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myininaya
 one year ago
Best ResponseYou've already chosen the best response.0Do you mean solve the IVP?

Spacelimbus
 one year ago
Best ResponseYou've already chosen the best response.0The way I approach such a problem: Solve the homogenous part of the differential equation first: \[\Large y''(x)=0 \] So the solution to this, almost trivial DE is: \[\Large y_g(x)=Cx+K \] Where C and K are constants of integration. Now you need to find the particular solution to the homogenous differential equation. This is usually done by guessing. Since: \[\Large y''(x)=1e^{2x} \] A 'okay' guess could be: \[\Large y_p(x)=A+Be^{2x} \] Notice here that this is not yet good enough, see the solution already obtained above. We have Cx + K. So, in order to not overlap any solutions, we want to increase the linear exponent again: \[\Large y_p(x)=Ax^2+Be^{2x} \] Now this is a good guess. Substituting back will give you: \[\Large 2A+4Be^{2x}=1e^{2x} \] From which you can obtain that: \[ \Large A= \frac{1}{2}, \ B= \frac{1}{4}\] So given by the principle of superposition you have: \[\Large y(x)=y_p(x)+y_g(x)=Cx+K+\frac{1}{2}x^2\frac{1}{4}e^{2x} \]

Craig4242
 one year ago
Best ResponseYou've already chosen the best response.0I am not yet familiar with the methods you demonstrated above. Here is the answer I get: \[^{x^2/2}^{e^2x/4}+^{e^2/4}x(1/2)\]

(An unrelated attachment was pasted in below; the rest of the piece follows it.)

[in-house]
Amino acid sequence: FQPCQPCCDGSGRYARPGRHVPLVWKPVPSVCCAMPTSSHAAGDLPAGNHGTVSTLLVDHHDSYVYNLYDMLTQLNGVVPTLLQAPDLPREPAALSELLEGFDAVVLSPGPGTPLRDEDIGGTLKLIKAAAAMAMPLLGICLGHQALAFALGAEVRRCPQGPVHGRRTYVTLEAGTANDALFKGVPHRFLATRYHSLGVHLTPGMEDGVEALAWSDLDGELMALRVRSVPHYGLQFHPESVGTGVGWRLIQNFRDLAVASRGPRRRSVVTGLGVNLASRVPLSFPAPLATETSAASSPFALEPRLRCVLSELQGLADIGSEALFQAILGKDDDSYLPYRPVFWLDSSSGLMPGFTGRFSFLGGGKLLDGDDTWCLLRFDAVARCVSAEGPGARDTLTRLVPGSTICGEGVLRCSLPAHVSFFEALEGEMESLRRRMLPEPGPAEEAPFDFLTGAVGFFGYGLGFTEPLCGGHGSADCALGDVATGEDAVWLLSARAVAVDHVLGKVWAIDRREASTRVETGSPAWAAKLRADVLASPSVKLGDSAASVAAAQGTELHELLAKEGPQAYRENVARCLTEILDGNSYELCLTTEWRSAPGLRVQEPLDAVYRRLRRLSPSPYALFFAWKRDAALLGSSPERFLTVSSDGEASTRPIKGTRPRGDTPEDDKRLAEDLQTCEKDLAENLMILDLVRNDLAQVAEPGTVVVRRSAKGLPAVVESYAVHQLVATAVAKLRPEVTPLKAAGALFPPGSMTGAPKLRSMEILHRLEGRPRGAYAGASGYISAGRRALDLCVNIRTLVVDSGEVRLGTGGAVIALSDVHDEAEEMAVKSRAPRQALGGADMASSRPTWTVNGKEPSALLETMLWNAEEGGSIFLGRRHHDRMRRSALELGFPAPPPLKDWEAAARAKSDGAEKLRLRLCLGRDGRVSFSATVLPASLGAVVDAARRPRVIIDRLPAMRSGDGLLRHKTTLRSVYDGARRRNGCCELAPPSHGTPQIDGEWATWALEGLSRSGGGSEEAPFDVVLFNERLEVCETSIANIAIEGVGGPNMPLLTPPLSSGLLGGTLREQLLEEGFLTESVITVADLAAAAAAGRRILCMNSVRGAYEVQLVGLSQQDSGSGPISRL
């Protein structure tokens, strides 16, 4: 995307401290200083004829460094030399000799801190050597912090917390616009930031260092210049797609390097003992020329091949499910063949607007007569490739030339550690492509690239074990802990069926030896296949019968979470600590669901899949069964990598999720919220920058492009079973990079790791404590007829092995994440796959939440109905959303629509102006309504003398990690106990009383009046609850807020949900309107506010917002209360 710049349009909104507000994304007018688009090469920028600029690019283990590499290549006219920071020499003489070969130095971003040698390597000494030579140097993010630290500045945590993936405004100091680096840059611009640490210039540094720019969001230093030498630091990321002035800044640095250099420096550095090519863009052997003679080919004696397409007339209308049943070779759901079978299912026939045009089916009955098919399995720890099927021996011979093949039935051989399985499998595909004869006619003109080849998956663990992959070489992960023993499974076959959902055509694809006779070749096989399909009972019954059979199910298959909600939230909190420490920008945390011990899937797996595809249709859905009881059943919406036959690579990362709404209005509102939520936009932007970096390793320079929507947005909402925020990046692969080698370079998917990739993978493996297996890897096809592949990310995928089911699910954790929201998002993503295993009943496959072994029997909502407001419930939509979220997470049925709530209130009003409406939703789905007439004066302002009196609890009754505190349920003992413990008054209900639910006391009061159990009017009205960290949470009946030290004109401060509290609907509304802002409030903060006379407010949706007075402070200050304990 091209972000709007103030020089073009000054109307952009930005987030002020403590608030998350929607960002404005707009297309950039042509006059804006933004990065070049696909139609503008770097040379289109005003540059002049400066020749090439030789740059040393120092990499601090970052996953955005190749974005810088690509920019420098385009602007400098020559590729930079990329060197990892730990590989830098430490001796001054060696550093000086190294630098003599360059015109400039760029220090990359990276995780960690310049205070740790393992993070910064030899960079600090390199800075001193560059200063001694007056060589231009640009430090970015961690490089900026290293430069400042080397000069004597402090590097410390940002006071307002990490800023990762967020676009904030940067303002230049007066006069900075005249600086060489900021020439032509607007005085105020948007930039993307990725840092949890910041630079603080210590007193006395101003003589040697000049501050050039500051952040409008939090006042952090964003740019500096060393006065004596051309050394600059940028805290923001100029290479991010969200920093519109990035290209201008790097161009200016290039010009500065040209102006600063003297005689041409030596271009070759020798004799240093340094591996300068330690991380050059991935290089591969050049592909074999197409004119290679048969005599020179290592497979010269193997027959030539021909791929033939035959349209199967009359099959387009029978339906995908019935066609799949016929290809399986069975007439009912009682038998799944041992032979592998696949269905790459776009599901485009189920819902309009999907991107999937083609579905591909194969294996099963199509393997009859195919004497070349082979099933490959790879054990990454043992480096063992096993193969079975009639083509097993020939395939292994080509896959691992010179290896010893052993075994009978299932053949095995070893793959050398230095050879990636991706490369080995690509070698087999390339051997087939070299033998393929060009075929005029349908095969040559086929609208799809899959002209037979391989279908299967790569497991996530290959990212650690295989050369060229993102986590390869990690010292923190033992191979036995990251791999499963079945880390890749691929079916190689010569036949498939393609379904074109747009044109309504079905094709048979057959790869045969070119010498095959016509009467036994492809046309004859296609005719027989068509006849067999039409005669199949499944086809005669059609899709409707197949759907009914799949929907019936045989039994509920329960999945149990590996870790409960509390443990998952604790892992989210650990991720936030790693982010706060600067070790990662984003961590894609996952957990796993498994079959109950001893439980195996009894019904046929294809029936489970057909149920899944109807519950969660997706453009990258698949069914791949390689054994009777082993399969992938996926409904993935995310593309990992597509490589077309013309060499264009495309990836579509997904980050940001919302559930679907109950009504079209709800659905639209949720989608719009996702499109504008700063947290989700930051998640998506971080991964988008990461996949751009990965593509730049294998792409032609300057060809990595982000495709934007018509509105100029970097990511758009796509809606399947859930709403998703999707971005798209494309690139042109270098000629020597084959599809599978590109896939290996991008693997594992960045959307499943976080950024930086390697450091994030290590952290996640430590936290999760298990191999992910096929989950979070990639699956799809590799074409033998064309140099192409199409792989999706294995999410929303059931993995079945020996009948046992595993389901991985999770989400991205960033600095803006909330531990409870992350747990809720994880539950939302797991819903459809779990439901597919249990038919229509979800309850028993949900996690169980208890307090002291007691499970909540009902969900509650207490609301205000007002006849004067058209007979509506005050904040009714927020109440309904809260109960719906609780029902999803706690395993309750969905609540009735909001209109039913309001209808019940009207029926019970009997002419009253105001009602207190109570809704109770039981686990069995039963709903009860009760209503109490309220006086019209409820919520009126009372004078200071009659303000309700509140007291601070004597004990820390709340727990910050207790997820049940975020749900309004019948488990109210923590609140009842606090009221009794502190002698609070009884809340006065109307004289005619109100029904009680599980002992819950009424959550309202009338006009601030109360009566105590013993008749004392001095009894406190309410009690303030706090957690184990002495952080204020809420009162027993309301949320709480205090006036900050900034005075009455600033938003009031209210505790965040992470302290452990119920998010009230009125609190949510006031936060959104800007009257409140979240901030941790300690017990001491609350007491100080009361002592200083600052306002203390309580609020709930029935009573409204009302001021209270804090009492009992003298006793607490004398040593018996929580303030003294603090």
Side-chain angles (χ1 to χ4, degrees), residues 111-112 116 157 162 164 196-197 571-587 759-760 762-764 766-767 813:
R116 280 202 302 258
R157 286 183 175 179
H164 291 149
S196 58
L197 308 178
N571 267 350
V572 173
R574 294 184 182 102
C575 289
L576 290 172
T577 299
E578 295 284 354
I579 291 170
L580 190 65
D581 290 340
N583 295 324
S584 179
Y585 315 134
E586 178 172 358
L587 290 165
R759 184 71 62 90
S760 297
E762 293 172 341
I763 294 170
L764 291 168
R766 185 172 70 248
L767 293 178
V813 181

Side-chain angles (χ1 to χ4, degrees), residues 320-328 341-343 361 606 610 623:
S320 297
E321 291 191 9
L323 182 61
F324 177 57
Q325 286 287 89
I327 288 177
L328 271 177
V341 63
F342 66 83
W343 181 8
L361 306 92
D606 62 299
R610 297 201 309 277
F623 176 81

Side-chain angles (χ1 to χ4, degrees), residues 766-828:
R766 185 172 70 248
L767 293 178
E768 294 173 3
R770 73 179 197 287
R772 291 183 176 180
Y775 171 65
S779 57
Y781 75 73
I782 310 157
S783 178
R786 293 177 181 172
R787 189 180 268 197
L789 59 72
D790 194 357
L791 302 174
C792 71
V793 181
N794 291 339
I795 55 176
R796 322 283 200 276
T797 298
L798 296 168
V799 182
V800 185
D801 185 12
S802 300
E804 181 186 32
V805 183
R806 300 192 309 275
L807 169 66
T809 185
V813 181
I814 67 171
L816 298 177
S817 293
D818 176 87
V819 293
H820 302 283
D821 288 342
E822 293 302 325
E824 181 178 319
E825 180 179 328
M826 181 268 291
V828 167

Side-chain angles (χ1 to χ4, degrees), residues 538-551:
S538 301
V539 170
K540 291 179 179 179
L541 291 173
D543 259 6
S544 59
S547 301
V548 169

Craig4242
 one year ago
Best ResponseYou've already chosen the best response.0As I am new to typing equations, I wonder how you made your's look so neat?

Spacelimbus
 one year ago
Best ResponseYou've already chosen the best response.0I recommend you to check out Paul's website then, he has an amazing introduction to the method I suggested above, clearly, it's not the only one to solve this problem. But it makes inhomogeneous differential equations quite straight forward to solve. Here is the link: http://tutorial.math.lamar.edu/Classes/DE/UndeterminedCoefficients.aspx As to \(\LaTeX\). First I use the perimeter \Large to make my equations look bigger, or in the case of this website  just more readable. You can write fraction by typing \frac{nominator}{denominator}

Craig4242
 one year ago
Best ResponseYou've already chosen the best response.0Thanks for the help:)
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